It’s as simple as A-B-C. Started early!
Our family began helping to prepare our latest grandchild for high school graduation when he was an infant.
By reading aloud to him!
DID YOU KNOW:
“During the critical period of brain development (between birth & age 4) a crucial variable is the richness of language environment in which the child grows.” 1
“By the time children are four years old, a huge language gap (a 30 million word gap) has already opened up between children with the most exposure to rich language and those with the least.” 2
“..the more words that are in a child’s language world, the more they will learn, and the stronger their language skills are when they reach kindergarten, the more prepared they are to be able to read, and the better they read, the more likely they will graduate for high school.” 3
“Experts tell us that children need to hear a thousand stories read aloud before they begin to read for themselves. A thousand!” 4
“The aim should be to make reading seem as fabulous as it is for most of us: fun, hilarious, thrilling, useful, interesting, essential, and desirable.” 5
“Those who do not develop the pleasure reading habit don’t have a chance – they will have a very difficult time reading and writing at a level high enough to deal with the demands of today’s world.” 6
It all comes down to how well the brain is nourished with words. 7
“In a large proportion of cases, people who grow up to be enthusiastic and powerful readers come from families where the bedtime story is a crucial part of the nightly ritual of getting ready for bed and where parents themselves read for pleasure and have books and magazines in the house.” 8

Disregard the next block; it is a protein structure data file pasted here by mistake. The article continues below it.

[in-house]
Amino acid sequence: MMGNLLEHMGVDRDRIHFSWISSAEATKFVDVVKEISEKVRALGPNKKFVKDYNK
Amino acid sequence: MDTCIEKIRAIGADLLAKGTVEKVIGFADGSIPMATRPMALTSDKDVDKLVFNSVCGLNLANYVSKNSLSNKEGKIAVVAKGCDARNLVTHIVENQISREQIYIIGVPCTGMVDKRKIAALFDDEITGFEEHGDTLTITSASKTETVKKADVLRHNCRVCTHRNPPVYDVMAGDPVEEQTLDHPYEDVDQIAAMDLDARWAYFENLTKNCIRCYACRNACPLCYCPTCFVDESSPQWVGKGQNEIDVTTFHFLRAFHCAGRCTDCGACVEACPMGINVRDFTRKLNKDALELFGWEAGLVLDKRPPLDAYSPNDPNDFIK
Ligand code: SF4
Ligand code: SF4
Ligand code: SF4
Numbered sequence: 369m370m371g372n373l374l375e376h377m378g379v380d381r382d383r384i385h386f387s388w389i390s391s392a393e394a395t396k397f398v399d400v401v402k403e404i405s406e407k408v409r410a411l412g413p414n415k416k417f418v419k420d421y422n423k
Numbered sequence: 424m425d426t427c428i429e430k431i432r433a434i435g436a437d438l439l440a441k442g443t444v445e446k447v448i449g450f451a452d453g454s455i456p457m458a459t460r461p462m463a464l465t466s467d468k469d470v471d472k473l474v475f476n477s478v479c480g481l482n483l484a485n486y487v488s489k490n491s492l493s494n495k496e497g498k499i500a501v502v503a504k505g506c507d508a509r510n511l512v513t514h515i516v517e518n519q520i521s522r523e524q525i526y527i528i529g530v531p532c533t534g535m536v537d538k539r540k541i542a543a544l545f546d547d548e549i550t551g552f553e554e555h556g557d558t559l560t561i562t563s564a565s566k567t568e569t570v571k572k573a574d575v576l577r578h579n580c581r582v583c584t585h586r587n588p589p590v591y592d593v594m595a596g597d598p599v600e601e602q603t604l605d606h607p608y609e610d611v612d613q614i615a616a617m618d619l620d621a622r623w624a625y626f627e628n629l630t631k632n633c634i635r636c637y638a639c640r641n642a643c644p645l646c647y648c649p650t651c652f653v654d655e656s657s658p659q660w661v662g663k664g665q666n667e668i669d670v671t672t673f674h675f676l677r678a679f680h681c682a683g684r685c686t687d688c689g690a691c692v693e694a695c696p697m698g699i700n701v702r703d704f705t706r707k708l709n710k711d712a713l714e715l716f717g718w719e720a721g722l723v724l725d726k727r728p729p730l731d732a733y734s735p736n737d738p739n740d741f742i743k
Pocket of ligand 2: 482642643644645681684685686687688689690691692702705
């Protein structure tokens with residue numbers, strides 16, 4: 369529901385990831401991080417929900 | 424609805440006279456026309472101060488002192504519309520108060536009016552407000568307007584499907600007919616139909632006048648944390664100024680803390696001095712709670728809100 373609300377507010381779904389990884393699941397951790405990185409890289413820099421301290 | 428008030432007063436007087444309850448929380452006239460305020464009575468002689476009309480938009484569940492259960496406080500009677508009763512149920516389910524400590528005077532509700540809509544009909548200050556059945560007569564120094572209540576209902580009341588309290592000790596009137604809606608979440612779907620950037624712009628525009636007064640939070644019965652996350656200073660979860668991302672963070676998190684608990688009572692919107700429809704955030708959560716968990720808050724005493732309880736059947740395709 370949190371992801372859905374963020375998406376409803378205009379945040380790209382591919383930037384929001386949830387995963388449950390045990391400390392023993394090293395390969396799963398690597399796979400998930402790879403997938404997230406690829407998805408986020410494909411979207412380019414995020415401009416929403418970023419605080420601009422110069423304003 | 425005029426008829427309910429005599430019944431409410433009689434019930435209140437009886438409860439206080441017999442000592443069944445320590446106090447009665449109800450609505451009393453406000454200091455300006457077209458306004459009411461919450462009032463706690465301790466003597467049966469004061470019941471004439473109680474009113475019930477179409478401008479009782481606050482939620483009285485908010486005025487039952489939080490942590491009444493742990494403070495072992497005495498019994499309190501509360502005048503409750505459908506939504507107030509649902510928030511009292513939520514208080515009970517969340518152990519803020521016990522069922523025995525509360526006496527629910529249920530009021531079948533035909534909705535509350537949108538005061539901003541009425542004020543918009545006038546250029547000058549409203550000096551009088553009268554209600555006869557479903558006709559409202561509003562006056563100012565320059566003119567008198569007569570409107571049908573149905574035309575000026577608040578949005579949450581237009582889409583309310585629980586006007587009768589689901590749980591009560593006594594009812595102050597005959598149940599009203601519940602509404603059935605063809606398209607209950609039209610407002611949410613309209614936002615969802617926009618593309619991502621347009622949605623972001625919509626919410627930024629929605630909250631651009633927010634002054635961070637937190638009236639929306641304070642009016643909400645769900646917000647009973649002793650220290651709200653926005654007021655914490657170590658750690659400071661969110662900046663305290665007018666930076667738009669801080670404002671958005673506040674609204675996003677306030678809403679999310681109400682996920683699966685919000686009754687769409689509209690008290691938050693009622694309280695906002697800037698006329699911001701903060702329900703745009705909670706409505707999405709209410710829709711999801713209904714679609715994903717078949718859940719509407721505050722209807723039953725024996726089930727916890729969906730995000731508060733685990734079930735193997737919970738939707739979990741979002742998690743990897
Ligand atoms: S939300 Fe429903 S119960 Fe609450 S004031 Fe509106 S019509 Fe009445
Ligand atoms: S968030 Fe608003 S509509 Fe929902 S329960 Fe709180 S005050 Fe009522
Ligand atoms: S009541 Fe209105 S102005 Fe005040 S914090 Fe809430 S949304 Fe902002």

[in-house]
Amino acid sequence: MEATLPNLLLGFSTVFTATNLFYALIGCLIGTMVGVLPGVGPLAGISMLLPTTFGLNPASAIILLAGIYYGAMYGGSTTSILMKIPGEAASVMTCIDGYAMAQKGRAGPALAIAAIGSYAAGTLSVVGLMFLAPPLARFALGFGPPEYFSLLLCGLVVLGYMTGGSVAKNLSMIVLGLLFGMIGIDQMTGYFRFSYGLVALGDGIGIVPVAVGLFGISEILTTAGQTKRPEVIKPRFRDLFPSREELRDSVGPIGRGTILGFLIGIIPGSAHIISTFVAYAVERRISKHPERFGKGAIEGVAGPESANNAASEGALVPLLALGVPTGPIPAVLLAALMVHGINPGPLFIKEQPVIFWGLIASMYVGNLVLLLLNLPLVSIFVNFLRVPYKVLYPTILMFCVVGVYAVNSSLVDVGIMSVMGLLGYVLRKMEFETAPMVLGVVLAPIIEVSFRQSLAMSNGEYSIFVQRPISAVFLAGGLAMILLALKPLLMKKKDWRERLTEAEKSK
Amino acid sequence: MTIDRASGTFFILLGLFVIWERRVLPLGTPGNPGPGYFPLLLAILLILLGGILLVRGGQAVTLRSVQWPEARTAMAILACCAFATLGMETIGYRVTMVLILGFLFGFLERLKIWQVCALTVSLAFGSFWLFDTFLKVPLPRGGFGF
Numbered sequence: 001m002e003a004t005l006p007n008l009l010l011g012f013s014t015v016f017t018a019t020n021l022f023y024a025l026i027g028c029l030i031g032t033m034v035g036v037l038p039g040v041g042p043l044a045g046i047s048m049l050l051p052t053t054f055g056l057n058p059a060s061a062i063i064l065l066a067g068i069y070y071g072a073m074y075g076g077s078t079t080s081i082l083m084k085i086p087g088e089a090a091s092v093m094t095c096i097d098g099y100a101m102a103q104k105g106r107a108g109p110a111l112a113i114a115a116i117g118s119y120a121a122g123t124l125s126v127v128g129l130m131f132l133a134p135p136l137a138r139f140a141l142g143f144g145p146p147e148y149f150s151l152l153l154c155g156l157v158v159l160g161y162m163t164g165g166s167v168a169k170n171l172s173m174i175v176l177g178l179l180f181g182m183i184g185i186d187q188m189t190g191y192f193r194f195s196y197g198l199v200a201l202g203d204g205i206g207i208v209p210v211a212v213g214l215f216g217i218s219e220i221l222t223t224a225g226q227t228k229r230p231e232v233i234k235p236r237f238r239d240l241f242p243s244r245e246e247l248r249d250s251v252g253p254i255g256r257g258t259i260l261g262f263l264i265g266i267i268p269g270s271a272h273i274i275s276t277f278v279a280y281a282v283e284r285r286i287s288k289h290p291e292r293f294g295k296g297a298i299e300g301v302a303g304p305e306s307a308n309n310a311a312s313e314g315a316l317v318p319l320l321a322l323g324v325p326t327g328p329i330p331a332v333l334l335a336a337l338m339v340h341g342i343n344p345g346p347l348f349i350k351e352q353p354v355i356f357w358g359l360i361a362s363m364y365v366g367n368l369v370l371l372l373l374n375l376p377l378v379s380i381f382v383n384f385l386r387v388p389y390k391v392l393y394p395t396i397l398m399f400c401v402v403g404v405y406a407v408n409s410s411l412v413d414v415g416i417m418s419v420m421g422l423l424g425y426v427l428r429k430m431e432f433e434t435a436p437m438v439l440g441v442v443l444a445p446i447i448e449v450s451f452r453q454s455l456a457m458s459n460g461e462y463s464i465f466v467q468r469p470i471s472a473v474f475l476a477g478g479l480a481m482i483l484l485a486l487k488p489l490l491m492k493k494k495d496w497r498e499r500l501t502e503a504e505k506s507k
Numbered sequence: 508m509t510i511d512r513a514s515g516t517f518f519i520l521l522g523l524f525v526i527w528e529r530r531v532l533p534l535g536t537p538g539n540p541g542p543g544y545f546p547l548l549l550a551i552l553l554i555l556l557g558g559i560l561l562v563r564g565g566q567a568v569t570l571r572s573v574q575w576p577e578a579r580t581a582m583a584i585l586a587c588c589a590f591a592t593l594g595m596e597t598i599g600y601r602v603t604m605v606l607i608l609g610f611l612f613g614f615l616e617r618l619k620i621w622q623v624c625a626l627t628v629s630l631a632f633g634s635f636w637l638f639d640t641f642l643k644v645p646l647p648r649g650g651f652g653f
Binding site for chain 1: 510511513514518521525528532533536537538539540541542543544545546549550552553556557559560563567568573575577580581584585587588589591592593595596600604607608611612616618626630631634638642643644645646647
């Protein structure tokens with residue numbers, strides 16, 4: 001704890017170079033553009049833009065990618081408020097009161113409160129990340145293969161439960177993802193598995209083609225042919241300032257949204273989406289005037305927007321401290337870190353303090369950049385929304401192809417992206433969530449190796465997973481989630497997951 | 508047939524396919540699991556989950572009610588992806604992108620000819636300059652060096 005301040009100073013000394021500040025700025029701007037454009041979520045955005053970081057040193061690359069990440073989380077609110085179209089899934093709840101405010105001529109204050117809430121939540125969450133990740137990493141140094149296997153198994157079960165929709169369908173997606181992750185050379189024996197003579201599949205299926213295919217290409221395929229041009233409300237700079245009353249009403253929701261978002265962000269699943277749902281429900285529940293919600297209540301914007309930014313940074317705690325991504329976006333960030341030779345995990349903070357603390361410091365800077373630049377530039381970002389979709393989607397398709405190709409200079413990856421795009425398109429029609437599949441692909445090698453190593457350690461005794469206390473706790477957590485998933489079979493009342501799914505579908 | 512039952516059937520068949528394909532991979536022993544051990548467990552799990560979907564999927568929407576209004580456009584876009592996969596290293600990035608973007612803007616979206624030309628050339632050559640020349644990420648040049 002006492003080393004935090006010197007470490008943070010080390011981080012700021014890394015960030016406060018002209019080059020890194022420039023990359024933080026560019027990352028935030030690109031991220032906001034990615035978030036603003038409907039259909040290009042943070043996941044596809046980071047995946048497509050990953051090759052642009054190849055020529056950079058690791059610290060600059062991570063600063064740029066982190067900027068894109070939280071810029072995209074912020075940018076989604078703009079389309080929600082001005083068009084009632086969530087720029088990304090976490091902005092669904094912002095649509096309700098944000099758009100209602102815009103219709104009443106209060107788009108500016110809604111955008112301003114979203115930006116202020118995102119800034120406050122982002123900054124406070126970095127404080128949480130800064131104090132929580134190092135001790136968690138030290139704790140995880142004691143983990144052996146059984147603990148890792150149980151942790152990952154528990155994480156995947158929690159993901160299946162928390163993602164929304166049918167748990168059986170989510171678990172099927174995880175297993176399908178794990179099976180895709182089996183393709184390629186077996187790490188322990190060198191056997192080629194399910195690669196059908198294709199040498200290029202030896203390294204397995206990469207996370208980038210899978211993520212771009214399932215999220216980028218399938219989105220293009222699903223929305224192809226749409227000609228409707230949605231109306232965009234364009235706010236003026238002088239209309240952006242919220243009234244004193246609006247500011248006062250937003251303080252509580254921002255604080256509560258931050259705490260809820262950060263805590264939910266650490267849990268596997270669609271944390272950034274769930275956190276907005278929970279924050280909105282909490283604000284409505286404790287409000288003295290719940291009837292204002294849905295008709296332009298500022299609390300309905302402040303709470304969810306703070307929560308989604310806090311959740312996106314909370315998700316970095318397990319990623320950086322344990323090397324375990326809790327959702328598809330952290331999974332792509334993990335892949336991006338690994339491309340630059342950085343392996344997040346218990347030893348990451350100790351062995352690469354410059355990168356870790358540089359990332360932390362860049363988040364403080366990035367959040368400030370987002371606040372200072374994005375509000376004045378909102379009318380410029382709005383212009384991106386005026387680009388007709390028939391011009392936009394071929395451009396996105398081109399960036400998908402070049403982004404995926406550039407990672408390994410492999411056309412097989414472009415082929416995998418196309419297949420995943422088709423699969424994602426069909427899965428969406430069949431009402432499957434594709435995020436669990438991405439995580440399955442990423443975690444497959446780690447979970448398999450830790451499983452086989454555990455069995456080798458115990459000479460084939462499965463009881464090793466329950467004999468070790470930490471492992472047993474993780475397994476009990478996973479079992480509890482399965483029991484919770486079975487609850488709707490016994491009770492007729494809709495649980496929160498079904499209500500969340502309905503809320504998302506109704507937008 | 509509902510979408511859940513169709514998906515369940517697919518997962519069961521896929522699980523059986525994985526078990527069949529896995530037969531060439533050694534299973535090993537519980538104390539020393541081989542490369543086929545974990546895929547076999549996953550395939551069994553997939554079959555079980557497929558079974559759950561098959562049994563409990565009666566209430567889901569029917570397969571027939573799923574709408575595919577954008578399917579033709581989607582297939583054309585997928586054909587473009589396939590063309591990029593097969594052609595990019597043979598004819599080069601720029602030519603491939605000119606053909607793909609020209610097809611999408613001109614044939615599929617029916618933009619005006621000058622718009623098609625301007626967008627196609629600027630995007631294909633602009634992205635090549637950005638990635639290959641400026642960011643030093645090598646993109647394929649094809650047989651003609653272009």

Our youngest grandchild just turned two years old. Everyone in our family has read to him, including the babysitter, and so he has heard stories nearly every day of his young life. Early on he learned how to open a book, began turning pages and then looking through books by himself.
We read with expression, sing, act out scenes, and make noises of animals and trucks and whatever else might be flying or crawling or lurking about in a story.
A few weeks before his second birthday he read his first word. He recognized the word written on a key chain in a book illustration. For many children it is the first word they say. For him it was the first word he both said and read. Can you guess what it is? It sure made his mother happy!
A few days after his second birthday he became keenly interested a heavily illustrated chapter book (after all, there was a baby dragon in it) - and so we have worked The Kingdom of Wrenly series into the reading rotation.
Books are now an embedded part of his life. At Christmas, books as gifts are actually opened and worthy of engagement! He relates reading to having fun and to spending intimate and pleasurable time with his parents and grandparents and baby sitter and aunt and uncles.
It’s as simple as A-B-C. Started early.
Question(s): How old were your children when you began reading to them? What kinds of things do you do to make reading a book with your child or grandchild fun?
We have approximately 700 books in the children’s library in our home.
But: “Remember those 1000 stories that a child needs to hear before going to school?
1-9: Reading Still Matters: What the Research Reveals about Reading, Libraries and Community Catherine Sheldric Ross, Lynne (E.F.) McKechnie, and Paulette M. Rothbauer – Libraries Unlimited, An Imprint of ABC-CLIO, LCC, © 2018 pp. 7-11
The goal of the book Reading Still Matters is to “provide a map to the research findings, organized according to themes that are central to people interested in the intersection of reading, readers and libraries.” from the Preface, viii.
Dr. Pamela High, author of a report supporting new guidelines for pediatricians that parents be informed about the benefits of reading in office check-ups, in an interview on the PBS NewsHour (2014) quoted in RTM pp.
Mem Fox 2001. Reading Magic : Reading Aloud to our Children Will change Their Lives Forever. Sand Diego, Cas: Harcourt, Inc. quoted in RSM, page 8
Stephen Krashen, 2004. The Power of Reading. Insights from the Research, 2nd ed. Englewood, CO: Libraries Unlimited quoted in RSM, page 9
© 2018 Adirondack Kid Press, Ltd.